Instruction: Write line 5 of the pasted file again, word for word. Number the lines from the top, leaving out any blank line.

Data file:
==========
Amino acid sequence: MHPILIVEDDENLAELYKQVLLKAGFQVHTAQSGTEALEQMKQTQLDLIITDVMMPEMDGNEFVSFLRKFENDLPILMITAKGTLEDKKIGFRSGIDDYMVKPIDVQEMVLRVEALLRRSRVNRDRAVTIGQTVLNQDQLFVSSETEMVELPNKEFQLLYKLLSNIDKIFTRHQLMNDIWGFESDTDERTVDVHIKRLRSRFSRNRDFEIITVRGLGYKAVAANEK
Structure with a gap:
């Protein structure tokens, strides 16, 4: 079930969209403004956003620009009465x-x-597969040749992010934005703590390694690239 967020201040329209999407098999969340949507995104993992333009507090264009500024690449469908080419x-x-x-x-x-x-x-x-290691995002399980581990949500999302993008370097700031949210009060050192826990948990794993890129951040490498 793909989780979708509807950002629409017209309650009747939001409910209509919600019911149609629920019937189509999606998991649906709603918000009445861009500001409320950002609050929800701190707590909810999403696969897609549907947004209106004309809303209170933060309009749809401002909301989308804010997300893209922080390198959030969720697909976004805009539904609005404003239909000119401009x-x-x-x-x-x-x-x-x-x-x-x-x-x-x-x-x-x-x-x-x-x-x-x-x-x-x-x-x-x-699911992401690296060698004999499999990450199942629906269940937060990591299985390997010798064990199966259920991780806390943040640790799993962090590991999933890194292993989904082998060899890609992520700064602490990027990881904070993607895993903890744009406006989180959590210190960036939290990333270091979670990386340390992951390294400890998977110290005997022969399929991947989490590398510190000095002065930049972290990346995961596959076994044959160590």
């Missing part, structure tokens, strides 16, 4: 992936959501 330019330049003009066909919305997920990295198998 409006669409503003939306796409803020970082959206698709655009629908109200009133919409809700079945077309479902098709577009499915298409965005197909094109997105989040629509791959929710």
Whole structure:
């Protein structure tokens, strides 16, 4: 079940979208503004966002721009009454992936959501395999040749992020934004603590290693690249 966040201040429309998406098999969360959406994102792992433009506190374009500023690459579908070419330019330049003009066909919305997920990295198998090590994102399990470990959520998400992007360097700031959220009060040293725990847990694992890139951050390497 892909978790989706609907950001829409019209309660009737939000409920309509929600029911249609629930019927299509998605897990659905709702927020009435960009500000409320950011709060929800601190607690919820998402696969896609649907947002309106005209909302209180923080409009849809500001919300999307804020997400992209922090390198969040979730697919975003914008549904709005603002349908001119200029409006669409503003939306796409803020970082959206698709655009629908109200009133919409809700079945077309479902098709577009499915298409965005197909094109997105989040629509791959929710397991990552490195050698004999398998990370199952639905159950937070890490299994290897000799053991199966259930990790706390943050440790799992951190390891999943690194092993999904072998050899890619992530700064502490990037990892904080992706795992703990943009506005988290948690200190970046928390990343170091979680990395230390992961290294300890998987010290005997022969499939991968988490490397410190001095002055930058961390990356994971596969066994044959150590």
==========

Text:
Whole structure: